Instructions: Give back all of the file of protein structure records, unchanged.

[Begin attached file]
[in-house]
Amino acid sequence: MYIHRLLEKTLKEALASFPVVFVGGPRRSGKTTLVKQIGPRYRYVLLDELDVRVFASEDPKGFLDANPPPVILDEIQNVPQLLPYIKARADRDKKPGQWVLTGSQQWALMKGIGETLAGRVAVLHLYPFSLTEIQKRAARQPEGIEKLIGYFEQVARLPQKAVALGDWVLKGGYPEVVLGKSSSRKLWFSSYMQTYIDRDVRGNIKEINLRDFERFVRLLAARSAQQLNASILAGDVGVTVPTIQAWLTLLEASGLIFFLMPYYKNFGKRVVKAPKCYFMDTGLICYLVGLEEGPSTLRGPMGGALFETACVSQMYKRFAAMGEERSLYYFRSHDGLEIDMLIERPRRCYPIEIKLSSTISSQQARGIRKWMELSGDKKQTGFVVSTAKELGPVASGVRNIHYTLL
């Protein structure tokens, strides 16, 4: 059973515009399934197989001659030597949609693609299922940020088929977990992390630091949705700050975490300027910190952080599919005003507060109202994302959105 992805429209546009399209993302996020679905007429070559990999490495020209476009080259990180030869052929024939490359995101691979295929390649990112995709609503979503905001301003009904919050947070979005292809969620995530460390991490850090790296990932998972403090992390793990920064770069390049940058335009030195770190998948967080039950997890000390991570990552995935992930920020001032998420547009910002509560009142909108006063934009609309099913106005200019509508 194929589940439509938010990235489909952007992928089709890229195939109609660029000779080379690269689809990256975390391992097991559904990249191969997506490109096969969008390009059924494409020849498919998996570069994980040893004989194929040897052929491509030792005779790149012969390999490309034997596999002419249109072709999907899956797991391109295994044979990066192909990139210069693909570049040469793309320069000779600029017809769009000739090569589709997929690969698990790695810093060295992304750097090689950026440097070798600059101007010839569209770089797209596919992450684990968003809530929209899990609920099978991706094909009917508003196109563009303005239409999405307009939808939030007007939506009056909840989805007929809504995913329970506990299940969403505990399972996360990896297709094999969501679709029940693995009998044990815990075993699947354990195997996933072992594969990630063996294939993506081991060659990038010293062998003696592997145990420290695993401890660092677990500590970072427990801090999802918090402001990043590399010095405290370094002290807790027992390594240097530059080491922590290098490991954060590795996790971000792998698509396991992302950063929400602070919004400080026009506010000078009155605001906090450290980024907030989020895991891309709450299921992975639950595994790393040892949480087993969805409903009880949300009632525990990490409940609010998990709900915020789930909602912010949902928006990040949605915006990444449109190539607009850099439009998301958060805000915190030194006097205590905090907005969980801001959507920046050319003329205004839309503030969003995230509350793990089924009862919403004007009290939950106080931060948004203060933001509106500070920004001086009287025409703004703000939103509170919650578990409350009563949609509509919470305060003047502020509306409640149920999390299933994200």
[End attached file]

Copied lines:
[in-house]
Amino acid sequence: MYIHRLLEKTLKEALASFPVVFVGGPRRSGKTTLVKQIGPRYRYVLLDELDVRVFASEDPKGFLDANPPPVILDEIQNVPQLLPYIKARADRDKKPGQWVLTGSQQWALMKGIGETLAGRVAVLHLYPFSLTEIQKRAARQPEGIEKLIGYFEQVARLPQKAVALGDWVLKGGYPEVVLGKSSSRKLWFSSYMQTYIDRDVRGNIKEINLRDFERFVRLLAARSAQQLNASILAGDVGVTVPTIQAWLTLLEASGLIFFLMPYYKNFGKRVVKAPKCYFMDTGLICYLVGLEEGPSTLRGPMGGALFETACVSQMYKRFAAMGEERSLYYFRSHDGLEIDMLIERPRRCYPIEIKLSSTISSQQARGIRKWMELSGDKKQTGFVVSTAKELGPVASGVRNIHYTLL
């Protein structure tokens, strides 16, 4: 059973515009399934197989001659030597949609693609299922940020088929977990992390630091949705700050975490300027910190952080599919005003507060109202994302959105 992805429209546009399209993302996020679905007429070559990999490495020209476009080259990180030869052929024939490359995101691979295929390649990112995709609503979503905001301003009904919050947070979005292809969620995530460390991490850090790296990932998972403090992390793990920064770069390049940058335009030195770190998948967080039950997890000390991570990552995935992930920020001032998420547009910002509560009142909108006063934009609309099913106005200019509508 194929589940439509938010990235489909952007992928089709890229195939109609660029000779080379690269689809990256975390391992097991559904990249191969997506490109096969969008390009059924494409020849498919998996570069994980040893004989194929040897052929491509030792005779790149012969390999490309034997596999002419249109072709999907899956797991391109295994044979990066192909990139210069693909570049040469793309320069000779600029017809769009000739090569589709997929690969698990790695810093060295992304750097090689950026440097070798600059101007010839569209770089797209596919992450684990968003809530929209899990609920099978991706094909009917508003196109563009303005239409999405307009939808939030007007939506009056909840989805007929809504995913329970506990299940969403505990399972996360990896297709094999969501679709029940693995009998044990815990075993699947354990195997996933072992594969990630063996294939993506081991060659990038010293062998003696592997145990420290695993401890660092677990500590970072427990801090999802918090402001990043590399010095405290370094002290807790027992390594240097530059080491922590290098490991954060590795996790971000792998698509396991992302950063929400602070919004400080026009506010000078009155605001906090450290980024907030989020895991891309709450299921992975639950595994790393040892949480087993969805409903009880949300009632525990990490409940609010998990709900915020789930909602912010949902928006990040949605915006990444449109190539607009850099439009998301958060805000915190030194006097205590905090907005969980801001959507920046050319003329205004839309503030969003995230509350793990089924009862919403004007009290939950106080931060948004203060933001509106500070920004001086009287025409703004703000939103509170919650578990409350009563949609509509919470305060003047502020509306409640149920999390299933994200």